From now until the end of this year's Seattle International Film Festival, I'll be providing regular posts about films, news, gossip, and anything else that looks interesting. I've been attending SIFF since 1988 (the year I moved to Seattle), and wrote a brief overview of my history with the fest here.
This year's SIFF officially began on Thursday with the Seattle premiere of Bridesmaids director Paul Feig's action-comedy Spy, followed by the opening night party at Exhibition Hall (for full series pass-holders and members of the press, it actually began on April 30 with the first week of press screenings).
I'd already caught Spy a few weeks before, and although I enjoyed the movie well enough, I didn't need to see it again, or at least not so soon when there are many others—like a staggering 449 others*—that I haven't seen yet.
On the way into the party, I ran into Poppy, a SIFF attendee since 1978, who said she left Spy "after the third poop joke." I don't recall any excrement references, which is hardly my idea of a good time either, so I'd guess she's referring to the hemorrhoid cream and other toiletries Melissa McCarthy's character carries in her purse on her maiden spy mission so that observers will think she's just a frumpy vacationer on holiday in Europe. Other people, like Christopher, really enjoyed the movie. It opens in Seattle on June 5.
And now for some weekend picks:
I haven't seen 1,001 Grams yet, but I love the description, which involves romance and measuring devices, and any film from Norwegian director Brent Hamer is worth seeing. I quite liked his Bukowski adaptation Factotum with Matt Dillon—who's currently starring in M. Night Shyamalan's limited-run Blake Crouch-inspired series Wayward Pines, which premiered Thursday on FOX. (It looks like Twin Peaks Lite, so I plan to at least sample the pilot.)
1,001 Grams plays Sunday, 5/17, at the Harvard Exit at 9:30pm.
Bill Pohlad's bifurcated Brian Wilson's biopic Love & Mercy, looks like a can't miss, and Paul Dano has been receiving raves for his turn as Pet Sounds-era Wilson. John Cusack, who plays the Eugene Landy-era iteration, has garnered more of a muted response, but my friend Bill believes he deserves more credit for his work. It's the less glamorous part; maybe it was also more of a challenge? Oren Moverman, who penned Todd Haynes's kaleidoscopic Dylan portrait, I'm Not There, co-wrote the script. Another plus: music heads report that the studio scenes have a documentary-like realism (expect appearances from Van Dyke Parks, the Wrecking Crew, etc.).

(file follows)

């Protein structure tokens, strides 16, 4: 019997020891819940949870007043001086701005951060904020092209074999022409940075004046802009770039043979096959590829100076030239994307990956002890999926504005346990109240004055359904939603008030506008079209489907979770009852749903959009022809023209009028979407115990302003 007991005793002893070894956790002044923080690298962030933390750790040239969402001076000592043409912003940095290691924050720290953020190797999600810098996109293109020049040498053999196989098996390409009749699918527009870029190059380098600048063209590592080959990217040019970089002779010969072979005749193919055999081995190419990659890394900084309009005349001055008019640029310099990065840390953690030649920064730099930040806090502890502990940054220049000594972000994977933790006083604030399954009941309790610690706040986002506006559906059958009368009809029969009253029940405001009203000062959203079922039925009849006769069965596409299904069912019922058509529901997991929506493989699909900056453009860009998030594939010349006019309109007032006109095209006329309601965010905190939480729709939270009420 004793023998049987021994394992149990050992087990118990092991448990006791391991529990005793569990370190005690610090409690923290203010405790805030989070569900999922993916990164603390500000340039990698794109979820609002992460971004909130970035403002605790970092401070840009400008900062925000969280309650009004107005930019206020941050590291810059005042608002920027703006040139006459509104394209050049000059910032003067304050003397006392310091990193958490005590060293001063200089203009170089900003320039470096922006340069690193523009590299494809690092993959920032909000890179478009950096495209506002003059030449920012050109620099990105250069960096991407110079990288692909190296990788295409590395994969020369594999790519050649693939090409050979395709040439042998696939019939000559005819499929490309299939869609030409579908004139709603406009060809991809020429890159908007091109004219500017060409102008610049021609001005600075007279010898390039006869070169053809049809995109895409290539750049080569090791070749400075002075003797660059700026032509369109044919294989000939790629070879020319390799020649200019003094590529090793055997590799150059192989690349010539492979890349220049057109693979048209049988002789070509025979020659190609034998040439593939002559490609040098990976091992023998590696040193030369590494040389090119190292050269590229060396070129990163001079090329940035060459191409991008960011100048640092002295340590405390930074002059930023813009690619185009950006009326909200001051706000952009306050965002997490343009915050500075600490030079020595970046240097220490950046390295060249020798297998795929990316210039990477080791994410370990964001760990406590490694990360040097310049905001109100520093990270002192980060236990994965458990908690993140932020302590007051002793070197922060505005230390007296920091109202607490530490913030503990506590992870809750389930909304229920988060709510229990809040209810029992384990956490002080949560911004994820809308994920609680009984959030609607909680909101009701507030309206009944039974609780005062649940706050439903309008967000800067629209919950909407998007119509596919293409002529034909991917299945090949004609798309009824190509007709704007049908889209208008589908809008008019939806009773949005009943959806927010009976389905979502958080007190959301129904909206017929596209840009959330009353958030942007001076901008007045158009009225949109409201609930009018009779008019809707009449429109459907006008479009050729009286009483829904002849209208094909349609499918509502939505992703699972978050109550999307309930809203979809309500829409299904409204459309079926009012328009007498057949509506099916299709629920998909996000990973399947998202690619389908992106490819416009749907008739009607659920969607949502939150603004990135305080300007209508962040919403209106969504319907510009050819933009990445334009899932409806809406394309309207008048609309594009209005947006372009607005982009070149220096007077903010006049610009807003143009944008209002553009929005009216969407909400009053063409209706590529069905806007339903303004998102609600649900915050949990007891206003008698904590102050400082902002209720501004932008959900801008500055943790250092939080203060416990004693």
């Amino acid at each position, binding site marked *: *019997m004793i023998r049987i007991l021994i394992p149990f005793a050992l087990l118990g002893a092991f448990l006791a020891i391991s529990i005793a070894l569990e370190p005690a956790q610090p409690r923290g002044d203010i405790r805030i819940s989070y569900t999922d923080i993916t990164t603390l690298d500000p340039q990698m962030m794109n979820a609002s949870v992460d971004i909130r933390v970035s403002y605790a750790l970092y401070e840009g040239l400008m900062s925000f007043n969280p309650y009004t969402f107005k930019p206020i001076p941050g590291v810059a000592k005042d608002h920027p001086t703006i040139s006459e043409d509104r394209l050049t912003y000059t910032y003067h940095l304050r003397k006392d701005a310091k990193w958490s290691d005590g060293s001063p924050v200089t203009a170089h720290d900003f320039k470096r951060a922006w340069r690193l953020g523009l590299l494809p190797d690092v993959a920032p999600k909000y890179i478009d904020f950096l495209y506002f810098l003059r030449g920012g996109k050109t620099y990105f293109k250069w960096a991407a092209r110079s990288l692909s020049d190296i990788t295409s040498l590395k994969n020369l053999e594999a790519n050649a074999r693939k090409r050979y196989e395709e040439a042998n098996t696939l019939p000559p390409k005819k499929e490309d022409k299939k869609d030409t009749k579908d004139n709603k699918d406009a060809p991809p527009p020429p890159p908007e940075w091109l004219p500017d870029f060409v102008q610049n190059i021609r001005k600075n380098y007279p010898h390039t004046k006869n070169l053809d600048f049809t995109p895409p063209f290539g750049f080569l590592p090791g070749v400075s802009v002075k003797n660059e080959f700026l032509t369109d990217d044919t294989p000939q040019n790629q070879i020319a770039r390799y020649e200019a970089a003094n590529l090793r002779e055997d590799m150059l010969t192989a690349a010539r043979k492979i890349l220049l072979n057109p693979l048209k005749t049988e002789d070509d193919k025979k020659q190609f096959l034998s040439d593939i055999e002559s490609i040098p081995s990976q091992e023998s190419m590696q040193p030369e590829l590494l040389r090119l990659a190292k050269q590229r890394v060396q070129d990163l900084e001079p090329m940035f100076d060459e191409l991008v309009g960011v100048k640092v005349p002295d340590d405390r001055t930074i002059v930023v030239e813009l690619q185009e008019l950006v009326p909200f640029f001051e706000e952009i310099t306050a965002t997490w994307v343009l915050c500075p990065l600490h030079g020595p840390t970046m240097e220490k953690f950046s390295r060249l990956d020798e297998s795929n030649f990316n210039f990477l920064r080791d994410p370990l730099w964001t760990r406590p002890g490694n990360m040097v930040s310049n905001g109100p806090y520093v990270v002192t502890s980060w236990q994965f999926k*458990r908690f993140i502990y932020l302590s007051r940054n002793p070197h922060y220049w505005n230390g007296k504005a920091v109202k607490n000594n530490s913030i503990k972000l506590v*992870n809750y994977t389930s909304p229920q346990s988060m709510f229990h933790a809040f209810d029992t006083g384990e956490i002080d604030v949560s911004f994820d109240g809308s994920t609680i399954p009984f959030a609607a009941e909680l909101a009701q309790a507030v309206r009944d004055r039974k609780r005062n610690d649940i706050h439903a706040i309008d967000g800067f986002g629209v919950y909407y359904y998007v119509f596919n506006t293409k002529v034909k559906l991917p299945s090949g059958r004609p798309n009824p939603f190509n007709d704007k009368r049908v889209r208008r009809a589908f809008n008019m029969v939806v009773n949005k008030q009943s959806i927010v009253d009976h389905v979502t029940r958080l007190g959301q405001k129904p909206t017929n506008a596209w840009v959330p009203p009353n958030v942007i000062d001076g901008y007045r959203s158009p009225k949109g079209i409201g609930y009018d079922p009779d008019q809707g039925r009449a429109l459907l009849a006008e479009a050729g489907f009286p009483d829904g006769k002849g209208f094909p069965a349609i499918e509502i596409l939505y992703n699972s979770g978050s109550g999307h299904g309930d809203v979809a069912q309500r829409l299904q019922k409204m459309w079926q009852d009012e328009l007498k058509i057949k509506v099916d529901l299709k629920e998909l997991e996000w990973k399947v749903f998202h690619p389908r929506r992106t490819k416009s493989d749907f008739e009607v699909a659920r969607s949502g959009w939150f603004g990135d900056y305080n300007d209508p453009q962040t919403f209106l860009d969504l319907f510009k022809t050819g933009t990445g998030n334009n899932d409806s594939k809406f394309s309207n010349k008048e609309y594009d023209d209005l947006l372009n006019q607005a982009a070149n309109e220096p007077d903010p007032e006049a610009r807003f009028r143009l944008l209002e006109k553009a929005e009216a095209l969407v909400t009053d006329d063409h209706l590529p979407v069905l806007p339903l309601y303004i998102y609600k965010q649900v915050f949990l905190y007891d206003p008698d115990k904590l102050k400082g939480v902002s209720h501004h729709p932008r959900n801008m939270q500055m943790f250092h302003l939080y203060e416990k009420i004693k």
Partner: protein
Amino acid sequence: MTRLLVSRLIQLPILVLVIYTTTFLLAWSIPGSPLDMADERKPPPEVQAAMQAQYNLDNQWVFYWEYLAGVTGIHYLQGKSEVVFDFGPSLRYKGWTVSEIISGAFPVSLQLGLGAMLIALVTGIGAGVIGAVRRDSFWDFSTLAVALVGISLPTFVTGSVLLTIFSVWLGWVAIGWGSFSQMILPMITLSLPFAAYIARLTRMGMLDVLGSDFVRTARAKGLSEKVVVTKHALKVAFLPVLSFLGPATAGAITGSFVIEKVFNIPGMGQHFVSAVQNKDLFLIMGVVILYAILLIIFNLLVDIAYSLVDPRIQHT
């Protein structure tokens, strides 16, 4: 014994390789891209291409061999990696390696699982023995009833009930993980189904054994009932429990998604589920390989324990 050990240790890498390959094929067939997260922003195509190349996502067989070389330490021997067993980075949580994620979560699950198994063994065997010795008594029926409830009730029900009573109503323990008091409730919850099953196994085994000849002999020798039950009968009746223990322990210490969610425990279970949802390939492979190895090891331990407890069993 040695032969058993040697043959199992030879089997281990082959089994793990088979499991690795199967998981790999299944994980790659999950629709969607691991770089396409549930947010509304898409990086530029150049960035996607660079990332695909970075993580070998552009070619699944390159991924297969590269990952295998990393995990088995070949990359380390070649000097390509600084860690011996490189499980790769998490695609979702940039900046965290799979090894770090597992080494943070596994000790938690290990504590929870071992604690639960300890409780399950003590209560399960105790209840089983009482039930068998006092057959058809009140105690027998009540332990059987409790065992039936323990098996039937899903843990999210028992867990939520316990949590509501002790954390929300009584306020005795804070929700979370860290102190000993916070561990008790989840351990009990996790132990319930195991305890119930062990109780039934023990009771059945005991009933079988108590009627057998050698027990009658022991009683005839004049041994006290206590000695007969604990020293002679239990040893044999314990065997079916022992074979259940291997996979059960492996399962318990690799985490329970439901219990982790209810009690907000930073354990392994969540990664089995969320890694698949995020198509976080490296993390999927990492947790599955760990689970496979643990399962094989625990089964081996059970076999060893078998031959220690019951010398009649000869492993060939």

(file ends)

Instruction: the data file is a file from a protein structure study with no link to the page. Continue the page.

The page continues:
Love & Mercy plays today, 5/16, at Pacific Place at 12:30pm. According to SIFF, tickets are going fast ("limited availability").
French filmmaker François Ozon has been playing with gender and sexual orientation since 1997's See the Sea (the feature followed a series of shorts). He's always been a formalist in terms of his filmmaking—carefully-arranged compositions, an unhurried pace, etc.—and his Ruth Rendell adaptation, The New Girlfriend, represents one of his most elegant films. Granted, there was a guy at the press screening who giggled all the way through. Nervous laughter, perhaps? The story, which revolves around a widower and his alter ego, offers a career-best performance from Romain Duris, who's hardly a slacker among actors (The Beat That My Heart Skipped, Mood Indigo, etc.). I wasn't previously familiar with Anaïs Demoustier, who plays his wife's best friend, but she proves a strong foil. The way Ozon collapses and dissolves the boundaries between male and female, gay and straight, and transgender and cisgender, is both fascinating and admirable.
The New Girlfriend plays today, 5/16, at the Egyptian at 9:30pm and on Sun., 5/17, at the Uptown at 11:30am.
There are other weekend films that look fantastic, but I'd rather stick to three for now. Look for more recommendations in the days ahead.
Late-breaking news! Noah Baumbach's Mistress America was just added to the lineup. It plays the Harvard Exit on 5/22 at 8:45pm and 5/25 at 4:30pm.
Find more films in SIFF Notes, which we'll be updating constantly throughout the fest. Got a tip, have some gossip, heard some rumors, or know some info that needs sharing? Drop me a line at SIFFtips@thestranger.com.
* By the end of the fest, I won't have seen nearly that many films. Has anyone—could anyone—seen 450 films in 25 days? I love film, but I like to eat and sleep, too. And to not walk around looking like a zombie. Or like the characters in the documentary Cinemania, who do nothing but watch movies every day. They're not exactly sane.